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Oil trains and Pope Francis — not perfect together?

Oil trains like this one in central Philadelphia are the focus of security concerns by officials planning for huge crowds during the visit of Pope Francis to the city in late September.

Matt Rourke / AP Photo

Oil trains like this one in central Philadelphia are the focus of security concerns by officials planning for huge crowds during the visit of Pope Francis to the city in late September.

Yes, it has occurred to city officials that some of the oil trains that rumble through Philadelphia pass right below Eakins Oval and the Benjamin Franklin Parkway, site of two huge events during the papal visit weekend, Mayor Michael Nutter said Thursday.

At a news conference to update the public on the city’s preparations for the influx of a predicted 1.5 million people, Nutter said officials have been working with the railroads on the issue of oil trains.

“We are working with the railroads, we are sensitive to the issue,” Nutter said after being asked whether officials had considered halting the trains during the massive event, when Philadelphia will be attracting global attention.

A festival of families on the Saturday evening of papal weekend in late September will be held on the Parkway, as will the public Mass on Sunday that is expected to attract more than a million people.

Nutter decline to elaborate, and his emergency management director, Samantha Phillips, refused to comment after the news conference.

But both CSX and Norfolk Southern, which haul oil trains of 100 cars or more through densely populated sections of Philadelphia, said they had been working with the authorities to ensure security during the Papal visit.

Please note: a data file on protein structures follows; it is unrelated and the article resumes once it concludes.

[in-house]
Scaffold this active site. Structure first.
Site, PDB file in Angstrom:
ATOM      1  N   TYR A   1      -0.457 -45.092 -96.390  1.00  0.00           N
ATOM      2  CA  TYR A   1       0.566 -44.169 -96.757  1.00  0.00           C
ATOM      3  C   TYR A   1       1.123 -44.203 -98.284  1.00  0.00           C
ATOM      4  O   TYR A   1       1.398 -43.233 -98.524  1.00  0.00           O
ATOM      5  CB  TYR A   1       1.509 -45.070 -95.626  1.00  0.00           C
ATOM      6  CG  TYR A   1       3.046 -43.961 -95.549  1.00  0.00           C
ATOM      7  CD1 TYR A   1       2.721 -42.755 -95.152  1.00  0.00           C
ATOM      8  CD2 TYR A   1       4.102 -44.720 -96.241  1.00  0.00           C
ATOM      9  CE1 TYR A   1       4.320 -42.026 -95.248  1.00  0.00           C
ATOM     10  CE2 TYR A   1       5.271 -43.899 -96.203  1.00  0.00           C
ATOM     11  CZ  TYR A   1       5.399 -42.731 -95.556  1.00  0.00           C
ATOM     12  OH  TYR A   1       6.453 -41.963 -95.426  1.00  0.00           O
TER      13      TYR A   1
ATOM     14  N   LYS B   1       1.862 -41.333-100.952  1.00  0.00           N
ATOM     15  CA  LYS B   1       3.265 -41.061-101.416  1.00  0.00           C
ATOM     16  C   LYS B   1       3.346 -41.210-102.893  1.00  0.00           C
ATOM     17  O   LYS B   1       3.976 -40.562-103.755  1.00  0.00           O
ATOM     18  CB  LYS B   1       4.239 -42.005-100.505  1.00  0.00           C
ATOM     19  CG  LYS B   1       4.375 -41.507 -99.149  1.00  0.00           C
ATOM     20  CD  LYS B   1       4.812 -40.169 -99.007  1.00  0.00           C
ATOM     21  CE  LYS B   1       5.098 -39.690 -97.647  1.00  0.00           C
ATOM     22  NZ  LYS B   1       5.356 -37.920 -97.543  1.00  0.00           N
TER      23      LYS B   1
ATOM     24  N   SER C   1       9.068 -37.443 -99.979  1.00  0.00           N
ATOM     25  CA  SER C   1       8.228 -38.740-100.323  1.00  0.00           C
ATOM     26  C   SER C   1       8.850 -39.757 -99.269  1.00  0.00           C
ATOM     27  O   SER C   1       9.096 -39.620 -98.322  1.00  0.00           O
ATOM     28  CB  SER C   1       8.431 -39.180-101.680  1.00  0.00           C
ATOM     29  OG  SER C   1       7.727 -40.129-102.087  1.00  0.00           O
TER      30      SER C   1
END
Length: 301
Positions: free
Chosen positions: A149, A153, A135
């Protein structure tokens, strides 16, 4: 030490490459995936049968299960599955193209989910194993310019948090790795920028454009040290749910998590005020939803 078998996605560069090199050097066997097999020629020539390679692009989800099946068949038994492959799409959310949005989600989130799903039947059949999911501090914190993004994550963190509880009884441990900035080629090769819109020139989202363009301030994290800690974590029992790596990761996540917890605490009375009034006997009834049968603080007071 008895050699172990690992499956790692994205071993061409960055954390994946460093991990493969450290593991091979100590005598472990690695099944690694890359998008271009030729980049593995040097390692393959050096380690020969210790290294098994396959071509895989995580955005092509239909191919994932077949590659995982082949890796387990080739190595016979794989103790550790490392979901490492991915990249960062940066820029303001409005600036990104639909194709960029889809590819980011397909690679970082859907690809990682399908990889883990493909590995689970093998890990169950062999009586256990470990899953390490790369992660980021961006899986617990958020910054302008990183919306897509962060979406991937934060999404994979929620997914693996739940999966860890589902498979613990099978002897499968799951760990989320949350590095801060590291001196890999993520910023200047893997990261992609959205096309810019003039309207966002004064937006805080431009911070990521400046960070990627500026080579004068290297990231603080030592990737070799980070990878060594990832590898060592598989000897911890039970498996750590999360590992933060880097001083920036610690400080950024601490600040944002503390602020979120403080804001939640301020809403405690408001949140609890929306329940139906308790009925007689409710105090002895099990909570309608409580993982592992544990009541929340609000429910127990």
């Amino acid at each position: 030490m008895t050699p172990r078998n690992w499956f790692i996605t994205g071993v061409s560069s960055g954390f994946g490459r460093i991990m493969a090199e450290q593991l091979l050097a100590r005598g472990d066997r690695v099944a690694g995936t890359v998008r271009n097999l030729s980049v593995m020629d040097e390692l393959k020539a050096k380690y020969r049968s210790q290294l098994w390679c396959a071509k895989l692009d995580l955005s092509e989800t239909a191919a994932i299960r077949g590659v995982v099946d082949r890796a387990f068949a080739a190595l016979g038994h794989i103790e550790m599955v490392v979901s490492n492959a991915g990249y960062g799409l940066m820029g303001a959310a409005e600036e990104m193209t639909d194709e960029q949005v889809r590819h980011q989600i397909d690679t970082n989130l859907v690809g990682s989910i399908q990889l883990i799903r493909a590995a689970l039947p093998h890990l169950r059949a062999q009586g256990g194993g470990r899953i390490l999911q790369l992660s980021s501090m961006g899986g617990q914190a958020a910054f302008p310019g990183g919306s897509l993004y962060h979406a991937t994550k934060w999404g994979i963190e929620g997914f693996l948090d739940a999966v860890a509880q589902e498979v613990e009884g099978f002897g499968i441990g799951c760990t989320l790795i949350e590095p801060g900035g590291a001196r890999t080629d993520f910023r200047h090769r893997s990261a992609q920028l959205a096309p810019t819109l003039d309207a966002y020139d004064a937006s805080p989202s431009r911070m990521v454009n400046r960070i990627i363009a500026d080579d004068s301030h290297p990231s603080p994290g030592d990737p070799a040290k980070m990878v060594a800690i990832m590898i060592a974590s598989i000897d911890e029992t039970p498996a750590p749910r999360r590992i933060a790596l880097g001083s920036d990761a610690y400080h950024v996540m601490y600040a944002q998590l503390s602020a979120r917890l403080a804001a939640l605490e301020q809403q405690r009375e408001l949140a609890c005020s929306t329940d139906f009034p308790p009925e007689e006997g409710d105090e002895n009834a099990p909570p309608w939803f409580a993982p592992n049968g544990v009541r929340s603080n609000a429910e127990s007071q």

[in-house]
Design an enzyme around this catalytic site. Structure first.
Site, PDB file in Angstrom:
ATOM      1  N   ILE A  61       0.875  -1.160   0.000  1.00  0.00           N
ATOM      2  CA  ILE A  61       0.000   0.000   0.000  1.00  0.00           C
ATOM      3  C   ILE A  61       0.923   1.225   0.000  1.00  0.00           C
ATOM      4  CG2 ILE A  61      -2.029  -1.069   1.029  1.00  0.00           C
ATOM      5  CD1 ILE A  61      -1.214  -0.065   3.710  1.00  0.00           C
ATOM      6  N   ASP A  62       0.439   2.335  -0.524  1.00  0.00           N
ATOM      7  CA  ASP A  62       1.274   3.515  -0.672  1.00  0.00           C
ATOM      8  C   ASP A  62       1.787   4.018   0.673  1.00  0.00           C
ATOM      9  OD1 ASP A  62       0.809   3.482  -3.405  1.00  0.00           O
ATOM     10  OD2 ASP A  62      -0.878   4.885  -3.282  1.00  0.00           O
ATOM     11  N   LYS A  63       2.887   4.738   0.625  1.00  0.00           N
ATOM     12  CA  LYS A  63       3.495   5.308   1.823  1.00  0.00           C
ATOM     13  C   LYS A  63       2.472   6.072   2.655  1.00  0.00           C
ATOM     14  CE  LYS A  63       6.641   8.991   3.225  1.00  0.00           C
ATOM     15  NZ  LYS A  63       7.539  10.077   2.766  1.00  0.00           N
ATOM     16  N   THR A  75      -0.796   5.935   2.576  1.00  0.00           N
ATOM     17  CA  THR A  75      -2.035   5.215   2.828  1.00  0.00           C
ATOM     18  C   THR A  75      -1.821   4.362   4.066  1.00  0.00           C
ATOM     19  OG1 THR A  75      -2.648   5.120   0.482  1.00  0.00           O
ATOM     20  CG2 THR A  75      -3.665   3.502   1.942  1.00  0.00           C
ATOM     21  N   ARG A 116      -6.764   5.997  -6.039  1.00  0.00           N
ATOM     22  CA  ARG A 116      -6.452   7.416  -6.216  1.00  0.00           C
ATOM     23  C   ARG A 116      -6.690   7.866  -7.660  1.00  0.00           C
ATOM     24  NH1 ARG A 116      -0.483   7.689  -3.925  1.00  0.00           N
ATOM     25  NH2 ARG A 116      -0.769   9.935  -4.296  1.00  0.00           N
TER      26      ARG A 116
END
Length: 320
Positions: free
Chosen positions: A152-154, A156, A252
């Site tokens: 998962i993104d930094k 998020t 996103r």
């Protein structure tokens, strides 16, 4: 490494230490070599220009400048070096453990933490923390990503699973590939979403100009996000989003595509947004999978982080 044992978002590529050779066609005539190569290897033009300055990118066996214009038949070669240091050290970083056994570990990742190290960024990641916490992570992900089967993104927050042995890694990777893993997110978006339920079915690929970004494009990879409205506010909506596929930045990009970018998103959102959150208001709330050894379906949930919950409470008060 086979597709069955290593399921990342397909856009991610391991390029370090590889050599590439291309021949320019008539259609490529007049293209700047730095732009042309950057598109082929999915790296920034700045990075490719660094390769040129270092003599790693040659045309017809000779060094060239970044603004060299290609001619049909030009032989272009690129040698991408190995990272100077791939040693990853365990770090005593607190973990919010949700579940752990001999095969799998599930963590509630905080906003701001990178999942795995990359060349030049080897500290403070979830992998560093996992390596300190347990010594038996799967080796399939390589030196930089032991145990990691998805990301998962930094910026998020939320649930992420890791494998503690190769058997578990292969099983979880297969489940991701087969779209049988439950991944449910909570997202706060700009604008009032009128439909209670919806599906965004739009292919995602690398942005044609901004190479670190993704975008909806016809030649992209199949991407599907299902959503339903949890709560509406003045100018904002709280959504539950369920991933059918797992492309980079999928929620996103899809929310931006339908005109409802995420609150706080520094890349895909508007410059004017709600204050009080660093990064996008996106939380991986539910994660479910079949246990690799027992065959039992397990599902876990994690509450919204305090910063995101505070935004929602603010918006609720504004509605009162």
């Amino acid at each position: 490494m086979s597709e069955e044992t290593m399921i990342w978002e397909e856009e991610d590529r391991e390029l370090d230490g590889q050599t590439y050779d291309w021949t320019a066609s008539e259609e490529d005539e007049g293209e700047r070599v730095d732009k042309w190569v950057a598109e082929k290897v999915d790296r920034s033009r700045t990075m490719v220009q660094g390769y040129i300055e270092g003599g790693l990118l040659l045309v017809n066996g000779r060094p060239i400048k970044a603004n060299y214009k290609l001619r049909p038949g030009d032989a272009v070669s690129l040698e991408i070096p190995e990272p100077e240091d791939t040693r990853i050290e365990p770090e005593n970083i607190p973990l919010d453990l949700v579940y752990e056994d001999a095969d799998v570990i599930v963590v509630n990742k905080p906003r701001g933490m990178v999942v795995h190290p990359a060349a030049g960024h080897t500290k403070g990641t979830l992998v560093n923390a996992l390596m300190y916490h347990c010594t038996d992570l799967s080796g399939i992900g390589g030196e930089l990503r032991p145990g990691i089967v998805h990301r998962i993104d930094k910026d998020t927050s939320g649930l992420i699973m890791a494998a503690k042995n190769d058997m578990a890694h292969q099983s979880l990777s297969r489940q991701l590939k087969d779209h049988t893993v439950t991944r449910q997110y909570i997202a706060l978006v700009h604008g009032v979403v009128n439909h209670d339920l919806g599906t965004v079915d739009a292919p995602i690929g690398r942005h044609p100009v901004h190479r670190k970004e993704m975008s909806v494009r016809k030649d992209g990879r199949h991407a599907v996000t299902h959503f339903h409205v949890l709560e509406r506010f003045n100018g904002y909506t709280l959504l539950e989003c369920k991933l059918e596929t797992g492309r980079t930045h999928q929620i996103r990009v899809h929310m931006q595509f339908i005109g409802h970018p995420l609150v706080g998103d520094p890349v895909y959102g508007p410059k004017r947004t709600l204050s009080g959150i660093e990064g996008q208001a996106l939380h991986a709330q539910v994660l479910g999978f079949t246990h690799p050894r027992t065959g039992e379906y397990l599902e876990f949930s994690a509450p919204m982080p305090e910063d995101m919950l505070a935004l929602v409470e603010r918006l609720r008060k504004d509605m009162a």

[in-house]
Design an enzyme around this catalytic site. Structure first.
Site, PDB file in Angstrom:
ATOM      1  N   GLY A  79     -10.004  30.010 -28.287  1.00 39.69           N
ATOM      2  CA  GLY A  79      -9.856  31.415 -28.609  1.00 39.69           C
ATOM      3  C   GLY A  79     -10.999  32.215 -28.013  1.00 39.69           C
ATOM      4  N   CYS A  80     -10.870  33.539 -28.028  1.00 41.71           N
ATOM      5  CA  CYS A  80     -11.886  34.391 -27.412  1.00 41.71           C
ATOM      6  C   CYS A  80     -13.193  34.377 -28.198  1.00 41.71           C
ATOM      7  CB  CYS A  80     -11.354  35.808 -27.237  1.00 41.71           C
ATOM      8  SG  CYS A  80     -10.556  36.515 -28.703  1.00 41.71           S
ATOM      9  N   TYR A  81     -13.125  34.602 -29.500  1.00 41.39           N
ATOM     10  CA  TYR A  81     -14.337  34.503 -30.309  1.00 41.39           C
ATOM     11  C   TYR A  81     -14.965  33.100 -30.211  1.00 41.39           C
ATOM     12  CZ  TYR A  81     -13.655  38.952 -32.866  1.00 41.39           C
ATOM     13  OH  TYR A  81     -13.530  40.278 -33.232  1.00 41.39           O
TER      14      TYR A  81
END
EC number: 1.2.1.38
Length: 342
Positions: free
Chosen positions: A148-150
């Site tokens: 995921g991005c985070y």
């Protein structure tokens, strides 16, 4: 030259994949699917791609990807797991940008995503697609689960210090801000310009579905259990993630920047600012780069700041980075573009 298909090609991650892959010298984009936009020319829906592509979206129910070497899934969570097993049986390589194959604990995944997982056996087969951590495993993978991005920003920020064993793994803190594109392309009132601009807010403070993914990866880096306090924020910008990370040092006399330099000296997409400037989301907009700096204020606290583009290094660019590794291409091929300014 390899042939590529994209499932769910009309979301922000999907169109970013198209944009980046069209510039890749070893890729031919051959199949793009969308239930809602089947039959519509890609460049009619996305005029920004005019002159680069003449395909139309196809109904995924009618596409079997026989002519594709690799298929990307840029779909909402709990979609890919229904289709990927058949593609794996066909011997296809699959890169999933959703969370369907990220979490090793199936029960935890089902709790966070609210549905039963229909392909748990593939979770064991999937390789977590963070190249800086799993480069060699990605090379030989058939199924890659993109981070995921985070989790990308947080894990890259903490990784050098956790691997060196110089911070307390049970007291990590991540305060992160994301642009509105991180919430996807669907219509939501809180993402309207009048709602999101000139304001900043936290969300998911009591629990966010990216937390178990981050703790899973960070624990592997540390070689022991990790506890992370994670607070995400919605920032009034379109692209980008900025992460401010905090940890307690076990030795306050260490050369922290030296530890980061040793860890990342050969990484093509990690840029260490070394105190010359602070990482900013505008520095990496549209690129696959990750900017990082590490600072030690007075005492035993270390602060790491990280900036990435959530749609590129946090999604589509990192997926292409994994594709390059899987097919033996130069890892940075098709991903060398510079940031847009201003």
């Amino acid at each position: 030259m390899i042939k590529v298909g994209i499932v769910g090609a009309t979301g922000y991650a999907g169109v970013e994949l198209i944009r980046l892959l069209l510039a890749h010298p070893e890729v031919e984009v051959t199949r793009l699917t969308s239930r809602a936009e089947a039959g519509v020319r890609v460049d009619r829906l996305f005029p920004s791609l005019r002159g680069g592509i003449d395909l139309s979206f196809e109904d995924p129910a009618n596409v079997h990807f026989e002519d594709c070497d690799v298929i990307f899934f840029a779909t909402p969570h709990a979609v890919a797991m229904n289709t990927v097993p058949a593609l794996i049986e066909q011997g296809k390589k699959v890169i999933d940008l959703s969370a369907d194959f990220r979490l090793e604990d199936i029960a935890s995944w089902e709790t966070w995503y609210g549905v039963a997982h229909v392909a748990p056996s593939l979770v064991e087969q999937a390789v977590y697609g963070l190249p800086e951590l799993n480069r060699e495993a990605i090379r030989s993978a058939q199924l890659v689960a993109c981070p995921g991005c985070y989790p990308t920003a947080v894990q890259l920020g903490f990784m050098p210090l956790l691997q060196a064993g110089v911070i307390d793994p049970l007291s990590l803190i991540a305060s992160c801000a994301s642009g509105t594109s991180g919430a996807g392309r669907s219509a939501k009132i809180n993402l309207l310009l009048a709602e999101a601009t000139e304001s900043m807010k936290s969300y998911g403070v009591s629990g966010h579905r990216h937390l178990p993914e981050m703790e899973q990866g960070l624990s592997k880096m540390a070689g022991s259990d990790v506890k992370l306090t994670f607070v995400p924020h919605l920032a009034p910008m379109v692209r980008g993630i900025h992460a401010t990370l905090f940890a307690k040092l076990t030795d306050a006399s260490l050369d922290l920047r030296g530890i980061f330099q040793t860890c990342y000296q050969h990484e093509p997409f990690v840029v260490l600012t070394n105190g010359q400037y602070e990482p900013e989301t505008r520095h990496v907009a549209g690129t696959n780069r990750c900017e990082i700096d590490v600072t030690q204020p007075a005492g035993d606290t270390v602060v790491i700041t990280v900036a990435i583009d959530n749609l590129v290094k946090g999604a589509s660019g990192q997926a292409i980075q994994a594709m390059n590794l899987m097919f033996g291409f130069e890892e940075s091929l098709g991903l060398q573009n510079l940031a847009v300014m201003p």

Rob Doolittle, a spokesman for CSX, whose oil trains run down the east bank of the Schuylkill River and under Eakins Oval, declined to say whether the company will halt its trains during the papal events but confirmed that the company is working with security agencies

“While it wouldn’t be appropriate to discuss any specific security measures for the papal visit to Philadelphia, I can say that CSX is collaborating with public-safety agencies in developing plans to ensure the safety and security of that event,” Doolittle wrote in an email.

David Pidgeon, a spokesman for Norfolk Southern, which hauls oil trains past 30th Street station and through the Drexel and Penn college campuses, said the company is “working closely” with federal, state and local security agencies ahead of the visit, and is “working with our customers on how best to serve their needs.”

Philadelphia Energy Solutions, the South Philadelphia refinery owner that buys the crude oil hauled by both railroads, did not respond to a request for comment.

Local critics of the oil trains fear there could be a catastrophic loss of life if a train derails and explodes near residential buildings even on an ordinary day, as one did in Lac Megantic, Quebec in July 2013, killing 47 people.

On Monday, Pennsylvania Gov. Tom Wolf published a consultant’s report containing 27 recommendations for increased oil train safety, including more investment in safety technology, lower speeds, and more rigorous inspections by state and federal officials.

That followed new rules issued in May by the U.S. Department of Transportation, with requirements including stronger tank cars.  The feds set a timetable for the retirement of older tank cars that have been involved in a string of derailments and explosions around the country – including two incidents in Philadelphia — in the last two years.

Any decision to halt the oil trains during the papal visit could be viewed as a public-relations blow to the railroads, which have invested more in safety and stepped up their own inspections in recent years in response to the widely publicized accidents and growing public unease.

Tracy Carluccio, deputy director of Delaware Riverkeeper, an environmental group that opposes oil trains, said Mayor Nutter’s comments may reflect a recognition of concern by the public and by Philadelphia City Council, which has called for increased safety measures by the operators of trains passing through the city.

She argued that halting the trains for the weekend would direct national attention to the safety issue.

“It would be a recognition of the hard facts that there have been a tremendous number of accidents,” she said.

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